runar added a comment.Sep 6 2019, 10:23 AM

i agree with allowing this.

I Don't use this myself, but i can se clear benefits of allowing to use custom key's per interface or on a group of interfaces. this is especially important when we are talking about multi-tendancy and vrf is implemented. (a customer with tunnel X should under no means have any posibillity to enter another customers tunnel Y and so on, in these cases the identity will be in the virtual router and not in this physical device. This also makes sense in the case @jonaswre noted in his last post .

another reason for allowing this is the comments from the author of this protocol @zx2c4, and that the protocol itself is made for doing this.

i propose:

  • Creating possibility to generate "named" keys via extending the op-mode generate command
  • add a optional key-pair node to the wg interface and use something like @jonaswre purpose to set the custom key if selected.

Then, if the user specifies a key, he will get that key or else it will set the default key.

It's not so much the implementation as I wrote before, it just doesn't seem beneficial. It gets implemented anyway, but I try to understand why a user would like to use that. The private key is by the way no identity and also won't interfere with multiple VPN peers if you are using only one pk. On IP:12345 arrives an encrypted packet, it is simply decrypted using your pk. If it works it's given to your kernel netlink interface as far as I recall and routed there, so no verification of the private key anywhere. If it can't be decrypted, it's discarded. If you have multiple wg interfaces, your 'crypto routing' either allows the traffic to the peer or discards it if it doesn't fit, the private key has nothing to do with that, since the public key of your peer is used to encrypt it. Summary, I still cna't see any benefit having that, which doesn't mean that I won't implement it.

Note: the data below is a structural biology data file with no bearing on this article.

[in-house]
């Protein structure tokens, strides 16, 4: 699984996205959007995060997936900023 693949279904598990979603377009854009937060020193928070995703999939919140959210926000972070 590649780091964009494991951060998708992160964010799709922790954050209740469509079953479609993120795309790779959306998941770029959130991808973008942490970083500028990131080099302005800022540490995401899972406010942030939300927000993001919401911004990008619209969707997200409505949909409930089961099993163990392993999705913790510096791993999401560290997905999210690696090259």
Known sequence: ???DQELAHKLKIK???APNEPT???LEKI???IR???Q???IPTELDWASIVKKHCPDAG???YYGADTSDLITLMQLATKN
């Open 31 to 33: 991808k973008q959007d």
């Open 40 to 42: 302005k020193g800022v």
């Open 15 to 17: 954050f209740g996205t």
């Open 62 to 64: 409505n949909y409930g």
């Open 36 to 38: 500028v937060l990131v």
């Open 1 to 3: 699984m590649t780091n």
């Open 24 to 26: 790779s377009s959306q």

hagbard changed the task status from On hold to In progress.Sep 6 2019, 8:24 PM
hagbard changed the status of subtask T1648: add cli command 'delete wireguard named-key <key>' from Open to In progress.Sep 10 2019, 5:16 PM
hagbard changed the task status from In progress to Needs testing.Sep 10 2019, 5:32 PM